such as torture.23 Once courts fail to check the misconduct, based on tortured confessions most convictions are of the innocent, and the fact that cases are not conducted properly makes convictions “wrongful”, regardless of the actual guilt or

innocence of the accused. Within the justice system, the three justice institutions’

coordination results from their own positions as tools for crime control or social

governance.

Under the strong influence of crime control ideas, the three institutions often

play their institutional roles in achieving the goal of crime control and maintaining social stability. For instance, after concluding investigations, police investigators tend to arrest or detain major suspects and suggest that prosecutors prosecute

them by sending the prosecutors a letter of proposal to prosecute the involved suspects. The procuratorate frequently follows the advice of investigators to proceed

with the involved case, and even draft a formal indictment as an edited version of

the proposal letter for prosecution. Unfortunately, in prosecuting the above suspects, there is often no adequate check on police misconduct in practice. Similarly,

courts seldom correct investigative or prosecutorial errors, but take the revised

indictment as a judgment.



20See Pitman Potter (1999), The Chinese Legal System: Continuing Commitment to the Primacy

of State Power, The Chinese Quarterly, 159: 681.

21Li Enshen, The Li Zhuang Case: Examining the Challenges Facing Criminal Defense Lawyers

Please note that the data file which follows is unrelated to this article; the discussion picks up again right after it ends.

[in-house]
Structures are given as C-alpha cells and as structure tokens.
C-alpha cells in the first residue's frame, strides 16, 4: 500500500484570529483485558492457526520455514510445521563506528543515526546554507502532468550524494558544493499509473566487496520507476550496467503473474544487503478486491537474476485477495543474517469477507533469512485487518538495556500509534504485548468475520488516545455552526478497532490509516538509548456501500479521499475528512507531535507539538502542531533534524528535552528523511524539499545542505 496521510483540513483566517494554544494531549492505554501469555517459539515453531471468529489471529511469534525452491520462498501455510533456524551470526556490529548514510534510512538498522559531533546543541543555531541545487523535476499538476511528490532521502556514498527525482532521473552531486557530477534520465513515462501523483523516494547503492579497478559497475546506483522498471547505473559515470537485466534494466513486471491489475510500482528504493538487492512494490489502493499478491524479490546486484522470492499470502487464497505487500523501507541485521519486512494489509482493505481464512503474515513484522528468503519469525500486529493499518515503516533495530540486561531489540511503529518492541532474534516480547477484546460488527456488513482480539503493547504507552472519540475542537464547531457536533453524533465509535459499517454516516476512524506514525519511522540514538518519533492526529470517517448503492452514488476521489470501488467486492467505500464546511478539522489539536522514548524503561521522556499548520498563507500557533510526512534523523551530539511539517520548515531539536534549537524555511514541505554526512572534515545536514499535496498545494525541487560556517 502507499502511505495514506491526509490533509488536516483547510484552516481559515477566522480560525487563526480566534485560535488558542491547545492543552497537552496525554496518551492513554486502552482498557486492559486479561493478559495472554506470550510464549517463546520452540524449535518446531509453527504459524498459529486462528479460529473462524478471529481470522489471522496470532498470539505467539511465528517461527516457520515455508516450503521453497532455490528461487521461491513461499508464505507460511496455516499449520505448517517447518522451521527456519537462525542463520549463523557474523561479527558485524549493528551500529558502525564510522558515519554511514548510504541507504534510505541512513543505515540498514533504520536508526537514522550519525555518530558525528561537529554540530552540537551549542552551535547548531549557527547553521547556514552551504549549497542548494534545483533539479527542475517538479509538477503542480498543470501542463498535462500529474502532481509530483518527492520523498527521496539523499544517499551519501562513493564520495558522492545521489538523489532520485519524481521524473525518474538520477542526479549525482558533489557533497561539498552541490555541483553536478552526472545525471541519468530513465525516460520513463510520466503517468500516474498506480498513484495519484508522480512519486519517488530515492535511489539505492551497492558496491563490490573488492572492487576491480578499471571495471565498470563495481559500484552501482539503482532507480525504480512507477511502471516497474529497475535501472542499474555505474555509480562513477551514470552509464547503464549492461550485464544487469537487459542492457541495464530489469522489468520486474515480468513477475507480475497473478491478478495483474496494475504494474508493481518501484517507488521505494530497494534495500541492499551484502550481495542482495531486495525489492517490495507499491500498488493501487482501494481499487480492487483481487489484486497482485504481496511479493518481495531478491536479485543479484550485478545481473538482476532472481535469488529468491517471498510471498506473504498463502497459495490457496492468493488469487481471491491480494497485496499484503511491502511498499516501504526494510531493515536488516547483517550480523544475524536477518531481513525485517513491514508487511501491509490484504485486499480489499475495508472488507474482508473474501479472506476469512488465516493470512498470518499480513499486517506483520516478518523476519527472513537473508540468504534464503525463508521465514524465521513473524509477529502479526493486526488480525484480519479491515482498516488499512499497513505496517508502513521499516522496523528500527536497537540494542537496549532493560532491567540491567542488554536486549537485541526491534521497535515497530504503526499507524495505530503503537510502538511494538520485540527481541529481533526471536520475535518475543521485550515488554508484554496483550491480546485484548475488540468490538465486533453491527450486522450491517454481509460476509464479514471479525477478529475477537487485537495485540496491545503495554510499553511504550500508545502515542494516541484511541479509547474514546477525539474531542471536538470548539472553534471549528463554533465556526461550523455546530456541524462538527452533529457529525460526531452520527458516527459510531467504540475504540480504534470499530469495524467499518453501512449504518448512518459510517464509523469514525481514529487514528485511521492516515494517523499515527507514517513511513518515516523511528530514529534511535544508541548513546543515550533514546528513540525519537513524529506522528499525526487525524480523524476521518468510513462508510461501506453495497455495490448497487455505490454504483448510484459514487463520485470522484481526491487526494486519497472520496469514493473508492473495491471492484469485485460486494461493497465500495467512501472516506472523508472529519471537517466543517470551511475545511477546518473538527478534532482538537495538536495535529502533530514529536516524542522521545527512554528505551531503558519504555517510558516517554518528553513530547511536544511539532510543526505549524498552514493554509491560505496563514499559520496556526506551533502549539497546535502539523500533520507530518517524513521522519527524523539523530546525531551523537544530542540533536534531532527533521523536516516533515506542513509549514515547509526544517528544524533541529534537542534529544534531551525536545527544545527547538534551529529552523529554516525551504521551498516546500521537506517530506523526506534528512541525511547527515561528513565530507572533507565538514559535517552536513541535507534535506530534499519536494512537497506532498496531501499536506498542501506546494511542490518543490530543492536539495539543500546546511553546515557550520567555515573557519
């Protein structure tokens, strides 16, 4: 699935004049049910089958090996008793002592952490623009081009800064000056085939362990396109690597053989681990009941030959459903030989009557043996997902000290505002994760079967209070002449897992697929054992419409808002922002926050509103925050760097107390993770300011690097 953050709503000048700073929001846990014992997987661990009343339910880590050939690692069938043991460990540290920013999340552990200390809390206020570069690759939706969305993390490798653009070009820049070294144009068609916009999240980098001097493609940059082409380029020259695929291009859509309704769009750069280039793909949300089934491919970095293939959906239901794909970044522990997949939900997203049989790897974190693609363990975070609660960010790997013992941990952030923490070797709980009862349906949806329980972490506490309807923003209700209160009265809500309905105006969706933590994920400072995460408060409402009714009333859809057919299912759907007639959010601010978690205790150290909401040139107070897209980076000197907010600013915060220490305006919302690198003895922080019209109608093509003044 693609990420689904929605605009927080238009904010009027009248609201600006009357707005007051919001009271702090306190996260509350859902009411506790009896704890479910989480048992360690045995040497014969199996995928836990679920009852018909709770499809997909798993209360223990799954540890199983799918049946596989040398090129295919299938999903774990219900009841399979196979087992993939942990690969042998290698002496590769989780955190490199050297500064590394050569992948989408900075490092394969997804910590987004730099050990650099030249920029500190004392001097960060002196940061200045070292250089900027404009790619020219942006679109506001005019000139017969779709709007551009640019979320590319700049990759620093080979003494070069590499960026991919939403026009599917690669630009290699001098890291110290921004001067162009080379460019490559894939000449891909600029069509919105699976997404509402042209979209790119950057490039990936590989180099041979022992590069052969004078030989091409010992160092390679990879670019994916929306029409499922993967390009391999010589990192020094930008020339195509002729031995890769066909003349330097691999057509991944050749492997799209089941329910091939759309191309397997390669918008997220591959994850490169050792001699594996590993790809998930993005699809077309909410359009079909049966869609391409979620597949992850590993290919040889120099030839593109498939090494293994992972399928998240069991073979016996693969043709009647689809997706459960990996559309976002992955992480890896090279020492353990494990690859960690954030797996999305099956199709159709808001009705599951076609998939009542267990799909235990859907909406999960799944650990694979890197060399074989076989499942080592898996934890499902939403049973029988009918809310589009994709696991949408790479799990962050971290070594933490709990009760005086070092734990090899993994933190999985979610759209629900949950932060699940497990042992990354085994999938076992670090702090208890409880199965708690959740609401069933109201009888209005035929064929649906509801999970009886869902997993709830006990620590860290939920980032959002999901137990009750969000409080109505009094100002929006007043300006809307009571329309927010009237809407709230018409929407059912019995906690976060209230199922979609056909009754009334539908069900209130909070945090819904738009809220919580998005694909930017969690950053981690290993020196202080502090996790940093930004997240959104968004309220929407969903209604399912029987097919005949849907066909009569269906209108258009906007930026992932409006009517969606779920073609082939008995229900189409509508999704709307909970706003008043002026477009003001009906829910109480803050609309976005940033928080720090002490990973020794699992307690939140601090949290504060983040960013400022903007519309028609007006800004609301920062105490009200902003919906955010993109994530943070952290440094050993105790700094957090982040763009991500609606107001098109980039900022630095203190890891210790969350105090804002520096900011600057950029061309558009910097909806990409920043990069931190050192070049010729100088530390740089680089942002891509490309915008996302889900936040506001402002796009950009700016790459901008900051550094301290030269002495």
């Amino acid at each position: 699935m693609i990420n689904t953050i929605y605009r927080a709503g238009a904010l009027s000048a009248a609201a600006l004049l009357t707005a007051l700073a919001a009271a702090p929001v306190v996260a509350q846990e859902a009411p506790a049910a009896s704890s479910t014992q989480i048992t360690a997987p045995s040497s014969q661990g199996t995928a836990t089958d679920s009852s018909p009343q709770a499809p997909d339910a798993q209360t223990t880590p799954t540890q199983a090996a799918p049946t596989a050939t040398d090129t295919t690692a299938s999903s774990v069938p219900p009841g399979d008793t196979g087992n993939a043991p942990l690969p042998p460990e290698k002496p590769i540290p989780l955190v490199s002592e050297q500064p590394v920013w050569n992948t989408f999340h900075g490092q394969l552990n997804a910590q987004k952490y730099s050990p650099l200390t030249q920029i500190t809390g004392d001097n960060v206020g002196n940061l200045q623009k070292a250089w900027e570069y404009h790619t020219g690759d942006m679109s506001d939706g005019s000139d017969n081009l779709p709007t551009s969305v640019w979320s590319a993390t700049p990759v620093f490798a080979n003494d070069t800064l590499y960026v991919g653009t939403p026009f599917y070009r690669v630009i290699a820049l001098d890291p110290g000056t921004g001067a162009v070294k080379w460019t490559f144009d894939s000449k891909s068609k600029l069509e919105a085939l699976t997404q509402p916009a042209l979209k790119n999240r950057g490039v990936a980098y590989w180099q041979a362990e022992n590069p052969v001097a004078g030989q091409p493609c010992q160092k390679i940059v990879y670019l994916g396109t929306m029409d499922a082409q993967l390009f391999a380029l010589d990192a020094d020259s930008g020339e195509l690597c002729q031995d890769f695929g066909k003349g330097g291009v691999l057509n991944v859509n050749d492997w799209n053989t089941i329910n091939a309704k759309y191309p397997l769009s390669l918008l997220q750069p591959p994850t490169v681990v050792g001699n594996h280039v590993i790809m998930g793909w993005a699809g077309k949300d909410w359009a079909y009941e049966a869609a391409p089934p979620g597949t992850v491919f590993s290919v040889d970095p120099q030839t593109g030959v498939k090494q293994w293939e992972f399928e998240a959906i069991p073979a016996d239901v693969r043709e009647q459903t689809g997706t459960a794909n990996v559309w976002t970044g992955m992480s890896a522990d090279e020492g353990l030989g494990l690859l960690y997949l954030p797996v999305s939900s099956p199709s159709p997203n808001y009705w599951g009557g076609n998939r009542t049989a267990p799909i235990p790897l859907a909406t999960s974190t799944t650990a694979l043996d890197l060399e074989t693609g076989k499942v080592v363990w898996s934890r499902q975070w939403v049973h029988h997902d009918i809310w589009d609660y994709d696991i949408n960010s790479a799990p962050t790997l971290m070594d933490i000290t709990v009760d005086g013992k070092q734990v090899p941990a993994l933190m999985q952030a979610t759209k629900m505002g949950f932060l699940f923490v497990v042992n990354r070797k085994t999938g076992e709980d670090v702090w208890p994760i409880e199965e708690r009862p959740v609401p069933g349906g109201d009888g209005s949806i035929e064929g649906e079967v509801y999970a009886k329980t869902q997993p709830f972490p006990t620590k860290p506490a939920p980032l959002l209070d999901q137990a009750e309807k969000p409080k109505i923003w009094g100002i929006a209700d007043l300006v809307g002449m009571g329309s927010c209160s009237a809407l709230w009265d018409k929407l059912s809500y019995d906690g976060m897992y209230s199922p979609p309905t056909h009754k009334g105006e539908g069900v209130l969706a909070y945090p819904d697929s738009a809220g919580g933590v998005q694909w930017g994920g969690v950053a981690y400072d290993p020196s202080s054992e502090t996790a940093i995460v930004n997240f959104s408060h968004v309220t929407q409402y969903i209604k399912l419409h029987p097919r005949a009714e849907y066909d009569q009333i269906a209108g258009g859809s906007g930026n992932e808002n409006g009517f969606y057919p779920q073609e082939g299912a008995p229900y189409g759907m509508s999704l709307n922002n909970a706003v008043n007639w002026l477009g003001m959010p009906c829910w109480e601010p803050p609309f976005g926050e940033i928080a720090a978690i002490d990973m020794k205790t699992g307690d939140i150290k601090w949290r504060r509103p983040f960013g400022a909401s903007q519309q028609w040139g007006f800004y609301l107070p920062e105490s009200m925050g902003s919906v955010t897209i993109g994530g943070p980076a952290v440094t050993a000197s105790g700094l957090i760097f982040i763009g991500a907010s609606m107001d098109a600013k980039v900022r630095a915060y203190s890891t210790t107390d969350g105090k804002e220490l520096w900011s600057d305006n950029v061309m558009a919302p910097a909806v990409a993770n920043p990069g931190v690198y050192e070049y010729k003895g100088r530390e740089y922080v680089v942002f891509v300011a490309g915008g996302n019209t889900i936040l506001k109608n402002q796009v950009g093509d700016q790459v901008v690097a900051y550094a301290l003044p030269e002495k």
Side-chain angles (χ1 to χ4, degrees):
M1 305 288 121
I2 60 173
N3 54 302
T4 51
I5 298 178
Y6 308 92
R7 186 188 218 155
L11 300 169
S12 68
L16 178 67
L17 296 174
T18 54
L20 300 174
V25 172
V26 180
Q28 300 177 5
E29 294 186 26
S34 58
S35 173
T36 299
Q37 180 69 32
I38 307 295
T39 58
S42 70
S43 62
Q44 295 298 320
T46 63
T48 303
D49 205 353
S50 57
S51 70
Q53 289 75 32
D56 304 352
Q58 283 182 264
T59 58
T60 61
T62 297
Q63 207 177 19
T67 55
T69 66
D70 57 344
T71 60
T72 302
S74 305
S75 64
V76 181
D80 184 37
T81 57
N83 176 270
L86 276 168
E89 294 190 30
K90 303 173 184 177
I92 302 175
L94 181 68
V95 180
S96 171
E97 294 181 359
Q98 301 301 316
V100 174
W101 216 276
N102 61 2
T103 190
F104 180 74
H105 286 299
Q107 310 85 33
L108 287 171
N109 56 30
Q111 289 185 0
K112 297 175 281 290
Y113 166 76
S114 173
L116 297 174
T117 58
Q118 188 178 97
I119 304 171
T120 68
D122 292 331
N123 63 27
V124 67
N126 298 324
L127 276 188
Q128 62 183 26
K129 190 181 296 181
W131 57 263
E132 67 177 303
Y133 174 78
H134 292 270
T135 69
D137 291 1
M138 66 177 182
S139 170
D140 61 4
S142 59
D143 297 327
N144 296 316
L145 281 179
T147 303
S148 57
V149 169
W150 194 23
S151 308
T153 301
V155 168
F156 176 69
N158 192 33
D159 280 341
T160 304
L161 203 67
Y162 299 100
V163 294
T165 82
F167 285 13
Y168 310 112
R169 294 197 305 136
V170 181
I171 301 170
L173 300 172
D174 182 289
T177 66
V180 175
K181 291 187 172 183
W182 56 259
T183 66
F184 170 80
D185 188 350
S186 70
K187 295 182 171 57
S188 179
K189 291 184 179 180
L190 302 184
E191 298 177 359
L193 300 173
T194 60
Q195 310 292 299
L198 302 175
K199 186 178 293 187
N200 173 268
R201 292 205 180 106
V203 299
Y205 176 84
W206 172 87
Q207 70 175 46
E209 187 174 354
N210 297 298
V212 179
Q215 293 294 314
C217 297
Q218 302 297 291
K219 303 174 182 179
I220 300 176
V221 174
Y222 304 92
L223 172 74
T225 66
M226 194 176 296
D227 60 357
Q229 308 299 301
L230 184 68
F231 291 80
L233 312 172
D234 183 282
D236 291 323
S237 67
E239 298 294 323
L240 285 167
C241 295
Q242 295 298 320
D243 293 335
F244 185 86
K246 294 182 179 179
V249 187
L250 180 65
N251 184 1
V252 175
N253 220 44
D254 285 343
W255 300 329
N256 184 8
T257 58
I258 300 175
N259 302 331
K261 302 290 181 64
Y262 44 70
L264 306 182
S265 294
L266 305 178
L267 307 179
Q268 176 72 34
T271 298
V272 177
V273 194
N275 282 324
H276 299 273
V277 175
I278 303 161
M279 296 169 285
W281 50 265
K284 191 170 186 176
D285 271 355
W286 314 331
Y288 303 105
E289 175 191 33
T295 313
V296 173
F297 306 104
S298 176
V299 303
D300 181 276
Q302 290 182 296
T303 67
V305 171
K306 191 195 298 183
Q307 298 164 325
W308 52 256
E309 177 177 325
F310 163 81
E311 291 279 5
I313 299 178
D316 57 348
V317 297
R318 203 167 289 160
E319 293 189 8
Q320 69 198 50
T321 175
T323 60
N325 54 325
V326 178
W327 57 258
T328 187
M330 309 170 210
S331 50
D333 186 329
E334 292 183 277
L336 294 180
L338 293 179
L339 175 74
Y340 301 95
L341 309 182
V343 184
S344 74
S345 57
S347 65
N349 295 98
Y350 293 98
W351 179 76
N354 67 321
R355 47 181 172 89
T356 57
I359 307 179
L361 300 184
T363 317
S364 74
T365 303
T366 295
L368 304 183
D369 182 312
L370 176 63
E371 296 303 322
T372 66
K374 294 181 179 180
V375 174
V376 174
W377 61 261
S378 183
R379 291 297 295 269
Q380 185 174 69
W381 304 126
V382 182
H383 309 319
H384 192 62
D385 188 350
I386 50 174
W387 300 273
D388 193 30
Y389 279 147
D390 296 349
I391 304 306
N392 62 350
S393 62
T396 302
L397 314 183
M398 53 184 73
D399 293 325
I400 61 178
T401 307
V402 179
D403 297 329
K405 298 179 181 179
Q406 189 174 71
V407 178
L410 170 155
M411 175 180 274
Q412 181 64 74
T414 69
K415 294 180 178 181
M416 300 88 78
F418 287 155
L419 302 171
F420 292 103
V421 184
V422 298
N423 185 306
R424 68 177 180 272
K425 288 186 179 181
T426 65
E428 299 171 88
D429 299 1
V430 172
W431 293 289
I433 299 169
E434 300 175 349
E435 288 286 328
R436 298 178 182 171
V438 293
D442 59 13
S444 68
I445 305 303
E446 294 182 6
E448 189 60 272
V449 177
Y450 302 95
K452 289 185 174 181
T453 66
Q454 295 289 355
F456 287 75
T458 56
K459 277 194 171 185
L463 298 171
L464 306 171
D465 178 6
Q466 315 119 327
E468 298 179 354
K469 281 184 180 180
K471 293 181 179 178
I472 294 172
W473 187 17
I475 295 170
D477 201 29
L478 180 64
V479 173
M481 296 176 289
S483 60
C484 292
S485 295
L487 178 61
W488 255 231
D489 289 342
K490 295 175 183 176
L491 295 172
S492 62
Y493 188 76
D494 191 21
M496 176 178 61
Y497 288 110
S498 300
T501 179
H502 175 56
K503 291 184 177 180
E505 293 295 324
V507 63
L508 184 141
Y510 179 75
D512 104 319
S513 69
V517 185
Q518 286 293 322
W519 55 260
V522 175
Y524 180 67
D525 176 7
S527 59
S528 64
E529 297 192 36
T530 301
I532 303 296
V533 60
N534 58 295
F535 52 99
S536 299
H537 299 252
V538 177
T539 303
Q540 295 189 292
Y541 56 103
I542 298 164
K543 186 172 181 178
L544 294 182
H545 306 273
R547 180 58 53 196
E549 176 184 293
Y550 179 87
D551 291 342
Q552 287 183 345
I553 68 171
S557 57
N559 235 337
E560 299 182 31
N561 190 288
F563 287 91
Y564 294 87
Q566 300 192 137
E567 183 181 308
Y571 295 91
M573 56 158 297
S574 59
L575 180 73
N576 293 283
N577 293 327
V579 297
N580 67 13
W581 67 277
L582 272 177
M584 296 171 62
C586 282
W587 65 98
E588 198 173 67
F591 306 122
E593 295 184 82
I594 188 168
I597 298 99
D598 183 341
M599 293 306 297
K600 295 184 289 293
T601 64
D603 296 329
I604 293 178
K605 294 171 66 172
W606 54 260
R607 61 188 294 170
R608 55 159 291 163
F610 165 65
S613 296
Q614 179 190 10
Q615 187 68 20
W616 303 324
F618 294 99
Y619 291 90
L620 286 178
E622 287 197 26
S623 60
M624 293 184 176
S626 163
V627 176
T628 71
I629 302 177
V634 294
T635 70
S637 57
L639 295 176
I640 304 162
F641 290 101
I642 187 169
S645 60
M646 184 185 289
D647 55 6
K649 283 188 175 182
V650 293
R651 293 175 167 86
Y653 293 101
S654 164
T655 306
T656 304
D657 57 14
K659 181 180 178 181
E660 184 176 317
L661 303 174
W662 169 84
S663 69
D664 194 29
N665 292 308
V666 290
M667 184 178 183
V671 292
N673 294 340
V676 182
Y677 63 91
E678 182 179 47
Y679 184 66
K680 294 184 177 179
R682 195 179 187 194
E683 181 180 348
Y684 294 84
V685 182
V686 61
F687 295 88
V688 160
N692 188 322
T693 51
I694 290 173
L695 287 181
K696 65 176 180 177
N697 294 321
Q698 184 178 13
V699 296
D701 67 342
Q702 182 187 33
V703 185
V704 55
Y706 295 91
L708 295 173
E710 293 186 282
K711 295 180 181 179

in China, 24 Colum. J. Asian L.130 (2010–2011).

22Li Enshen, The Li Zhuang Case: Examining the Challenges Facing Criminal Defense Lawyers

in China, 24 Colum. J. Asian L.130 (2010–2011).

23Amnesty International, People’s Republic of China: Law Reform and Human Rights 13 (1997);

Guo Zhizhong, The Legal Analysis of Forced Confession through Torture and Ill Treatment

[Xingsun bigong de falv fenxi], POLICING STUD. [Gong’an Yanjiu], 4 (2007), 64.



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Particularly in doubted cases, the police and prosecutors often choose to communicate with judges and even influence the judiciary’s final decisions. For example, in many capital cases, where facts are not clear or evidence is insufficient,

courts may still decide to convict defendants and give them lighter punishments,

rather than declare their innocence at trial. Otherwise, acquittals in high-profile

cases may lead to indignation on the part of victims or his or her family, or to public dissatisfaction. When cases end in acquittals, they would question the justice

institutions’ capability of solving cases, which further weakens public confidence